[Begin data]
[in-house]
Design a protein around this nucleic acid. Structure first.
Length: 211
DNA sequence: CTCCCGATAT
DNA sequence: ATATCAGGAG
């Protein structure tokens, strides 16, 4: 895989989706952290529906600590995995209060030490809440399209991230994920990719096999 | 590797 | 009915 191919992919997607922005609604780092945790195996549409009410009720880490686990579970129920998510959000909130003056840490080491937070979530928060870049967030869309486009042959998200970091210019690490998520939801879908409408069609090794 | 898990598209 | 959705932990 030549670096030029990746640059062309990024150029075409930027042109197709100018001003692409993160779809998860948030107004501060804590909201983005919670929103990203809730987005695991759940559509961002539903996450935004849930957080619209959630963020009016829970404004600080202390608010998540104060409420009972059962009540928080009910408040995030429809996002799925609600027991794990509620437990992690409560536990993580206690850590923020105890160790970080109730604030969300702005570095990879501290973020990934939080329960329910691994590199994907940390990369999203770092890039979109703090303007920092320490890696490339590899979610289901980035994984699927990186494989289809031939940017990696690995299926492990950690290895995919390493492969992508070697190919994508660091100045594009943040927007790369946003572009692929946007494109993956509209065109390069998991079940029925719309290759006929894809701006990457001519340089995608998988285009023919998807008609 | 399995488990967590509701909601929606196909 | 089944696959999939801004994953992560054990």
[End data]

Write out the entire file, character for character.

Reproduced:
[in-house]
Design a protein around this nucleic acid. Structure first.
Length: 211
DNA sequence: CTCCCGATAT
DNA sequence: ATATCAGGAG
């Protein structure tokens, strides 16, 4: 895989989706952290529906600590995995209060030490809440399209991230994920990719096999 | 590797 | 009915 191919992919997607922005609604780092945790195996549409009410009720880490686990579970129920998510959000909130003056840490080491937070979530928060870049967030869309486009042959998200970091210019690490998520939801879908409408069609090794 | 898990598209 | 959705932990 030549670096030029990746640059062309990024150029075409930027042109197709100018001003692409993160779809998860948030107004501060804590909201983005919670929103990203809730987005695991759940559509961002539903996450935004849930957080619209959630963020009016829970404004600080202390608010998540104060409420009972059962009540928080009910408040995030429809996002799925609600027991794990509620437990992690409560536990993580206690850590923020105890160790970080109730604030969300702005570095990879501290973020990934939080329960329910691994590199994907940390990369999203770092890039979109703090303007920092320490890696490339590899979610289901980035994984699927990186494989289809031939940017990696690995299926492990950690290895995919390493492969992508070697190919994508660091100045594009943040927007790369946003572009692929946007494109993956509209065109390069998991079940029925719309290759006929894809701006990457001519340089995608998988285009023919998807008609 | 399995488990967590509701909601929606196909 | 089944696959999939801004994953992560054990």